Center for Biological Diversity

For Immediate Release, July 13, 2017

Contact:  Kevin Bundy, (510) 844-7113, kbundy@biologicaldiversity.org
Nina Erlich-Williams, (510) 336-9566, nina@publicgoodpr.com

Despite Narrow Loss, Challenge to San Diego Transportation Plan Achieves Goal

Regional Officials Already Conducting Climate Analysis, Supreme Court Decision Leaves Challengers' Victory Otherwise Intact

SAN FRANCISCO— The California Supreme Court found in favor of the San Diego Association of Governments today on one narrow issue in its appeal regarding the environmental analysis of its 2011 regional transportation plan and sustainable communities strategy.

But today’s limited ruling emphasizes that going forward, regional transportation planners across California must continue to improve their analysis of conflicts between sprawl development and poor public transportation and the state’s efforts to fight climate change.

The court rejected arguments from several environmental and community groups, as well as the people of the state of California, that SANDAG’s analysis of its plan’s long-term climate impacts was inadequate. The plan, which governs transportation investments and development patterns through 2050 in the San Diego region, would have allowed regional climate pollution to increase through mid-century, contrary to the statewide goal of reducing emissions dramatically over the same time period. Justice Cuellar dissented, concluding that SANDAG’s 2011 analysis fell short of fully addressing this conflict.

Although the court majority concluded that SANDAG’s cursory analysis was adequate given what the agency knew in 2011, it emphasized that future environmental analyses of similar plans must address the state’s long-term climate objectives in greater detail as California’s climate efforts evolve. Indeed, in response to the litigation, SANDAG and other agencies are already beginning to conduct the type of long-term analysis sought by the plaintiffs.

“We disagree with the court’s narrow ruling, but this decision will clearly push transportation planners to better evaluate the massive greenhouse pollution generated by decades of sprawl development and neglect of public transit,” said Kevin Bundy, an attorney at the Center for Biological Diversity. “California has set itself up as a leader in the fight against climate change, and the court’s ruling underscores that agencies like SANDAG have to step up and do their part going forward. Ensuring that transportation and development advance the state’s long-term, science-based emissions reduction goals is essential.”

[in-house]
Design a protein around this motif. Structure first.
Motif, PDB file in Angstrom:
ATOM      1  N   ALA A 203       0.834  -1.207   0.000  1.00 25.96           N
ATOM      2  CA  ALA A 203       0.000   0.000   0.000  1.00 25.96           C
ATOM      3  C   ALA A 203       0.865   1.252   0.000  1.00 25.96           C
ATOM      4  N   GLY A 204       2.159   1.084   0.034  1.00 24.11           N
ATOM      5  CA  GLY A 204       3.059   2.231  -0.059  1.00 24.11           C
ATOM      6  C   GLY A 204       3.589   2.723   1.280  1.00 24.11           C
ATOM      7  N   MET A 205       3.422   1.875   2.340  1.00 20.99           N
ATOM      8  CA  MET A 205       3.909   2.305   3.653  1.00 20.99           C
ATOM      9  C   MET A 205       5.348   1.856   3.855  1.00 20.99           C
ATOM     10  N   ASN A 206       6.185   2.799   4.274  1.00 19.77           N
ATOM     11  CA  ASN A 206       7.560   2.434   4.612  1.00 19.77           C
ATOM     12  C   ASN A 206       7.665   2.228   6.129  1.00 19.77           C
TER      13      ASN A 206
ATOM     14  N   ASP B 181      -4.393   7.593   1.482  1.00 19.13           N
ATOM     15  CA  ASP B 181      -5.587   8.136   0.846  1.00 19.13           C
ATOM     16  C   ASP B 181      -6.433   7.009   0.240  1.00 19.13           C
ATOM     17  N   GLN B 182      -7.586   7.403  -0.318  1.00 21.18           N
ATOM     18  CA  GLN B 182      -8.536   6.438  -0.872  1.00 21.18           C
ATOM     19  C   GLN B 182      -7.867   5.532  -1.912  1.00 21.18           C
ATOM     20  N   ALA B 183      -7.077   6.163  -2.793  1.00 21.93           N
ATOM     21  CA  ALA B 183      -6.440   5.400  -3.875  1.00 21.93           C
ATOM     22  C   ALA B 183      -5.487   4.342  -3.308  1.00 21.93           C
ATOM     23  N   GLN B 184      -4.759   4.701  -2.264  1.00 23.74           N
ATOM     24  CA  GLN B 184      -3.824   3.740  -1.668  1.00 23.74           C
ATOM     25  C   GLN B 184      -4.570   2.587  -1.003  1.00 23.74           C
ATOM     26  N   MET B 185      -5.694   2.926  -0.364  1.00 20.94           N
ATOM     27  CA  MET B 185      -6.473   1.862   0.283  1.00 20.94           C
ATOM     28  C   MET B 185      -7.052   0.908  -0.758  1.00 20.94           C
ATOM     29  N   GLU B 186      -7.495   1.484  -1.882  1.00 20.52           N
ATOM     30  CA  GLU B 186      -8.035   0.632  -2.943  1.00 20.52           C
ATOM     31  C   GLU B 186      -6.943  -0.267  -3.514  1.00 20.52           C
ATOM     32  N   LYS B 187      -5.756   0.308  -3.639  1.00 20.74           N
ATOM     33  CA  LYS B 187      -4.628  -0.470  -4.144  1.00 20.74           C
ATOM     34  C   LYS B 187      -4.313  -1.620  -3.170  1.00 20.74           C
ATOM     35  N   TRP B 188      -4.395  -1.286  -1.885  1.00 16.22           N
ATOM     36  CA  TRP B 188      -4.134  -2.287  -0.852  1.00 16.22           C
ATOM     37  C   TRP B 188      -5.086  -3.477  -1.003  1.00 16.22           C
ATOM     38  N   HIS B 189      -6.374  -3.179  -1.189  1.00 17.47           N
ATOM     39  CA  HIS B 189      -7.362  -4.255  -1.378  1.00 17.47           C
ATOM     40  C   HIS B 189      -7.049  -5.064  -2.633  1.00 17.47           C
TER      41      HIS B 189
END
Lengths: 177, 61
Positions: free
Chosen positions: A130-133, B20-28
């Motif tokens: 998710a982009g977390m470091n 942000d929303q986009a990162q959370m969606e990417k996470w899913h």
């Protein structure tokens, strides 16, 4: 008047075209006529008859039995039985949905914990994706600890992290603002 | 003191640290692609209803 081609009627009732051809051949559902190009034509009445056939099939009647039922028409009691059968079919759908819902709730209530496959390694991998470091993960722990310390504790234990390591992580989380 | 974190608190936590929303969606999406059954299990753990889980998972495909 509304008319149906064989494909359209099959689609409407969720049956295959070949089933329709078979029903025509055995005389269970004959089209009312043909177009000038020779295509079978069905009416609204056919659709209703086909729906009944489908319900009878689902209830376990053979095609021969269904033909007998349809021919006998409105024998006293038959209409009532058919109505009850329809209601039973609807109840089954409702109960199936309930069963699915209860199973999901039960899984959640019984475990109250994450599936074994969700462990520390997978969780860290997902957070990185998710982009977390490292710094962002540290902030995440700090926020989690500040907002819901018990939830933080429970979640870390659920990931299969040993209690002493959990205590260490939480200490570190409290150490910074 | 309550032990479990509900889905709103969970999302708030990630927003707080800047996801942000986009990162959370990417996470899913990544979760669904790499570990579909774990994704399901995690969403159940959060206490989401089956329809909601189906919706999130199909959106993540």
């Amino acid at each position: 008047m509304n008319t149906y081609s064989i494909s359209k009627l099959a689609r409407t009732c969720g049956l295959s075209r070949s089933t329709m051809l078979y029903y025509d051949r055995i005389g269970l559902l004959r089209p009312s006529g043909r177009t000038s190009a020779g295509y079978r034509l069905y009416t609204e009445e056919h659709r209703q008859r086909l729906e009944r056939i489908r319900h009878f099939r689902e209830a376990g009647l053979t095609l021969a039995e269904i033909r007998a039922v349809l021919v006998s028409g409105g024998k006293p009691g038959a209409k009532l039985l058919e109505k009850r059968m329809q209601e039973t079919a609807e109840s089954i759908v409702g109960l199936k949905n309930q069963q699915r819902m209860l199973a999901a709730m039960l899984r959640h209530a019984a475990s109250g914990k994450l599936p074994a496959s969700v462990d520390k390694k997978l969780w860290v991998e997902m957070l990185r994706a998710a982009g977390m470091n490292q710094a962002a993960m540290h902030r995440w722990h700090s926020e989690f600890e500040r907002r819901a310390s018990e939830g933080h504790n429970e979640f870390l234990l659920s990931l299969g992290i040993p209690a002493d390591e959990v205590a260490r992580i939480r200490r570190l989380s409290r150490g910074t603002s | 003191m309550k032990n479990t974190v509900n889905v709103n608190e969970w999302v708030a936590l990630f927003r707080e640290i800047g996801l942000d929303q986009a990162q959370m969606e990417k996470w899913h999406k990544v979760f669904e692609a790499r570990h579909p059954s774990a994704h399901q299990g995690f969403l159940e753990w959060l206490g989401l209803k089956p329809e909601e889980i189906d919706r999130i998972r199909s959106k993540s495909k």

“San Diego residents deserve a future with increased transit, bike and walk commutes, clean air and water, and protected open space. At its core, that’s what this lawsuit was about,” said Jana Clark, Cleveland National Forest Foundation board member. “Regardless of today’s narrow ruling from the California Supreme Court, our lawsuit against SANDAG has been a major victory for the health and quality of life of all San Diegans because it has initiated a changed SANDAG.”

The plaintiffs and attorney general challenged the plan’s environmental document on a variety of other grounds related to climate change, destruction of agricultural resources and environmental justice. The Supreme Court’s focused review did not affect the bulk of a December 2014 decision by the 4th District Court of Appeal finding SANDAG’s environmental analysis inadequate on these other grounds.

For example, the appeals court held that SANDAG failed to analyze mitigation and alternatives that could significantly reduce emissions and total vehicle miles traveled in the region such as by prioritizing transit. It also faulted the agency for failing to provide more concrete measures to reduce the project’s asthma- and cancer-causing local air-quality and climate impacts.

Cleveland National Forest Foundation, the Center for Biological Diversity, Sierra Club, Affordable Housing Coalition of San Diego County and CREED-21 filed lawsuits challenging the environmental review of SANDAG’s plan in November 2011. The people of the state of California, represented by the attorney general, intervened on the plaintiffs’ behalf in January 2012. Both the San Diego Superior Court and 4th District Court of Appeal ruled in favor of the plaintiffs and the state. The Supreme Court’s decision addressed only one of numerous issues in the case, leaving the appellate decision in the plaintiffs’ favor largely undisturbed.

The Cleveland National Forest Foundation (www.cnff.org) is made up of private citizens who believe that action must be taken to protect the remaining undeveloped lands in the forest and that sound regional planning to build sustainable, quality urban communities is fundamental to saving the integrity of our wilderness areas.

The Center for Biological Diversity (www.biologicaldiversity.org) is a national, nonprofit conservation organization with more than 1.3 million members and online activists dedicated to the protection of endangered species and wild places.

Sierra Club California (www.sierraclubcalifornia.org) represents the Club's 13 local chapters and 160,000 statewide members and advocates to protect California's natural resources and to improve the health and safety of Californians.

The Affordable Housing Coalition of San Diego County is a leading advocate for increasing meaningful opportunities for affordable housing consistent with principles of environmental justice.

CREED-21 advocates on behalf of the underserved community for environmental justice.

Shute, Mihaly and Weinberger LLP (www.smwlaw.com), whose attorneys are lead plaintiffs' counsel in the case, specializes in government, land use, natural resource and environmental law. Since 1980, the firm has provided representation to public agencies and community groups throughout California.

www.biologicaldiversity.org

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